Adrian Henri

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Words … words … words

Published 12/03/2012 by damselwithadulcimer

The power of words is an immensely strong one.  Without words we wouldn’t be able to communicate and share ideas, and without the written word it would be impossible to read what others have written.

I recently had an interesting day built on the power of words.  During the afternoon I helped to run a class where we discussed, and then attempted to compose our own, poetry.  We were a mixed bag, men and women with varying interests, some of whom hadn’t had a huge amount of exposure to poems.  I brought along copies of a few different verses: Henry Shukman’s ‘Spring Lamb’, ‘Adrian Henri’s Talking After Christmas Blues’, and A A Milne’s ‘Daffodowndilly’.

We started with the Shukman poem, which evoked a range of responses.  The overall feeling was that it was very emotive, started a little sadly and pessimistically, and finished with a happy ending.  The language is relatively simple, but the poem does exactly what it sets out to do, it leaves the reader feeling happy and optimistic.  We also agreed that it doesn’t follow rigid rules, nor does it rhyme, but it fits in with the theme of renewal that is prevalent at Easter, and therefore in the spring.

We then went on to look at the Adrian Henri which is partly in rhyme, follows some basic patterns, but also breaks them.  It conveys human emotions and feelings of loss.  We agreed that it was probably a man writing about a broken relationship with his wife or girlfriend, and unlike the previous poem it didn’t have a happy ending.  It also drew a response from a widower in our group, who read us a poem that he’d written about his wife after her death.  Even though he is not a poet, we were equally touched by his use of words and felt honoured that he offered to share these extremely heartfelt words and emotions with us.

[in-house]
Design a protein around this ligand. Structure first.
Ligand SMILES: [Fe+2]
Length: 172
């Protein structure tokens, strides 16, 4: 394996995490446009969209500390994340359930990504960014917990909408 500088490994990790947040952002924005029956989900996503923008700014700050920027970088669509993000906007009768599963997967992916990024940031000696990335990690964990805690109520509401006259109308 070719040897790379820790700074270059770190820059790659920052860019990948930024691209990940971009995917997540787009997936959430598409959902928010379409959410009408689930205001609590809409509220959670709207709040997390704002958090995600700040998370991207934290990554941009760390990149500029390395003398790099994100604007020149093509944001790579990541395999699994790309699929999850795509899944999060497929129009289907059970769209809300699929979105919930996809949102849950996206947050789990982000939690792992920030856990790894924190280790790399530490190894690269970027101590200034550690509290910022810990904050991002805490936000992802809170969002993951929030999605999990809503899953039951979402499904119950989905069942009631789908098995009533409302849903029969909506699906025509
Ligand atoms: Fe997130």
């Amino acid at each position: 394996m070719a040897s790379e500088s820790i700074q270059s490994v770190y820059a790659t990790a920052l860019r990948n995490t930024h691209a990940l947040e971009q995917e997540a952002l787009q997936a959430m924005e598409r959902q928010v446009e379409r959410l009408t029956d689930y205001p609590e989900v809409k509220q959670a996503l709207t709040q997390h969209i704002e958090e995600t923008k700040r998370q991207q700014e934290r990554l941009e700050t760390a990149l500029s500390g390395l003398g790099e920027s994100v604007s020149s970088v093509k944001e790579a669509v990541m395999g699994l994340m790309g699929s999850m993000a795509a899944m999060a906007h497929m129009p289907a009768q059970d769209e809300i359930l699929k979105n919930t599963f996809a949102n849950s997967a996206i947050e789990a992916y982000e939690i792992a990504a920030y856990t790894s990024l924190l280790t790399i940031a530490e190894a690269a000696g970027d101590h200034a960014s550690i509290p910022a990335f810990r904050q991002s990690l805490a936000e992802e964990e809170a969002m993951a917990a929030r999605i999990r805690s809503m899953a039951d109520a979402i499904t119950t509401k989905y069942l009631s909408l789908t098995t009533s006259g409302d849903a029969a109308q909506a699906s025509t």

The final piece was ‘Daffodowndilly’, which may seem like a simplistic poem for children, but which is rich in imagery, anthropomorphising a flower.  It also provides a surprise in its final line as it juxtaposes the statement ‘Winter is dead’ with the earlier light, colourful imagery of spring. The overall impression was of an informal class that had been enjoyed, and possibly where expectations had been confounded.  I’m very much looking forward to the next time we meet.

A couple of hours later I attended a lecture at University College London about the final years of the reign of Queen Elizabeth I, and of the responses evoked in literature and art to the fact that the queen was past her fertile years, remained unmarried and childless, and there was no successor to follow her to the throne.

This lecture was so skilfully given, and so easy to follow, that it made me wonder why I hadn’t made all these assumptions myself.  However, in the hands of another academic, who possibly may not have the gift of explaining and conveying these same theories in a way that was easy to understand, it could easily have turned into a boring and uninteresting hour.

We don’t have to be academics to read and learn from the printed page.  We can all enjoy on different levels as the fancy takes us.  But what a strange place the world would be without the written word.